Stick With CrossFit? Pros and Cons for Hockey Players

STACK Expert Conor Doherty explains why CrossFit is a generally good option for hockey players, but warns it might not be specific enough in some cases.

CrossFit Hockey

CrossFit has been offering hockey training in some of its box gyms. But do training for hockey and the CrossFit method—short, intense, no-frills workouts—actually complement each other? (Learn about the evolution of CrossFit.)

We looked at some of the pros and cons of CrossFit training for hockey players.

CrossFit Pros

Environment

At CrossFit, you work as a team in small groups with your trainer, encouraging and egging each other on. This competitive yet supportive environment doesn't happen often at your regular gym.

Endurance

CrossFit workouts often require many repetitions of each exercise, helping hockey players achieve the muscular endurance they'll need once the season rolls around. The full-body exercises also mimic the sport's simultaneous demands of skating, stickhandling, and checking. (See Increase your speed with Sled Pushes.)

Variety

One of the main reasons players stop training is because they get bored. The one thing you won't experience at a CrossFit gym is boredom, thanks to varied workouts that include everything from rope-pulling to tire-flipping.

Crossfit Cons

Lack of Specificity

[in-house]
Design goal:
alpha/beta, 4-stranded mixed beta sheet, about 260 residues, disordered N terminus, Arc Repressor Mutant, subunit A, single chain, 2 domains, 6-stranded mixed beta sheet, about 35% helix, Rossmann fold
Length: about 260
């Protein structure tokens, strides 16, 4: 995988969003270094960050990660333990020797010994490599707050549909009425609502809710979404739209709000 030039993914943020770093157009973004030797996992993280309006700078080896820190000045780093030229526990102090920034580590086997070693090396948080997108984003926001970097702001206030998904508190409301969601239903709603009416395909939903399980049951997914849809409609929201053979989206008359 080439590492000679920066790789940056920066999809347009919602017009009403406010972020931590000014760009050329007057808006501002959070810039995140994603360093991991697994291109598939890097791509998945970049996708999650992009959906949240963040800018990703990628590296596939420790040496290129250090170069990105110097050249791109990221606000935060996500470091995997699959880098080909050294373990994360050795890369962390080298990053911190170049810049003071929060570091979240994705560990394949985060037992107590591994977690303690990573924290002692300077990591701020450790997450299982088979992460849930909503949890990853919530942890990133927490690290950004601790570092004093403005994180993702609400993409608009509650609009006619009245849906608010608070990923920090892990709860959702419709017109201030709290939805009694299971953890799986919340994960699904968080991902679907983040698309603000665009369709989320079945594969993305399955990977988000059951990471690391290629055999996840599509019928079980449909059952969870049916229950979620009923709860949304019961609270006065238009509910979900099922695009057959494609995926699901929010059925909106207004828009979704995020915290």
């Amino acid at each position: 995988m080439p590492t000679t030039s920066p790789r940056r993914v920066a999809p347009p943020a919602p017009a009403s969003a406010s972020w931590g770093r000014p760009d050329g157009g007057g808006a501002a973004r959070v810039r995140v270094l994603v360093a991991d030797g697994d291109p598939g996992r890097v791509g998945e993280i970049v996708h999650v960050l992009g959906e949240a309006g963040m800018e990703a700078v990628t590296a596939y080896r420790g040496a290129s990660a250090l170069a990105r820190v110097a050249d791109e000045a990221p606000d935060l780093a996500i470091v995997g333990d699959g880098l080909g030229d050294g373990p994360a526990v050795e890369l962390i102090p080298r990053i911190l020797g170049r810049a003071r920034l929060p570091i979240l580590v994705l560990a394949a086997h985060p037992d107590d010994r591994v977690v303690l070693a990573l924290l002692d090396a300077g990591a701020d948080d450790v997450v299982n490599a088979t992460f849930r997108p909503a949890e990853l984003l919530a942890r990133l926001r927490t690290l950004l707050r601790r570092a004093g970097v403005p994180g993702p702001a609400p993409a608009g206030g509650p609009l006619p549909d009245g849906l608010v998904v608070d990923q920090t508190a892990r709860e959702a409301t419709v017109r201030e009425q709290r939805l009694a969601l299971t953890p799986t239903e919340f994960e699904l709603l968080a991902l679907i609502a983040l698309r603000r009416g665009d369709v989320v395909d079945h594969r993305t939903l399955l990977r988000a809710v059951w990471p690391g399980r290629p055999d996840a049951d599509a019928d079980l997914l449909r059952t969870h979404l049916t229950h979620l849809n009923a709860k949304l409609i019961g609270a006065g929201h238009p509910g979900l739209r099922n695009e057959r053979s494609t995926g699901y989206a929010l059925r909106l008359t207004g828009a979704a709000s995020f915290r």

CrossFit offers so much variety that in some cases it lacks focus on hockey training. You could end up training for power, endurance, strength, and speed all in the same week. That isn't the best approach for players looking to improve specific aspects of their game. CrossFit proponents argue that mixing things up will make you a better athlete—which it will to an extent—but you need to focus on specific areas to have any chance of achieving elite status on the ice.

High Risk of Injury

Olympic lifts, one of the building blocks of CrossFit training, require precise technique to gain maximum results. If they are done too often, your muscles may become tired and your technique may break down. These types of lifts should be done with sets of three to five reps max. Often, you'll see CrossFit trainers doing Olympic lifts with higher reps, which increases the risk injury.

Lack of Movement Preparation and Injury Prevention

Some CrossFit gyms don't include hockey-specific moves like hip mobility exercises in their workouts. Because of the amount of hip flexion they use over the course of a season, hockey players need these drills to stay safe. If you decide CrossFit is the best option for you, discuss these concerns with your trainer or coach. Ensure that they are aware of your specific needs. Your health should not be compromised under any circumstances—even if a personal record is on the line. (Learn how to safely perform CrossFit.)

For more hockey training information, go to Star Factory Fitness and check out The Complete Hockey Training System.

Photo: crossfit.com


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Topics: HOCKEY | CROSSFIT | OLYMPIC LIFTS | EXERCISE | INJURY | TRAINER | LIFTS | ENDURANCE | HOCKEY TRAINING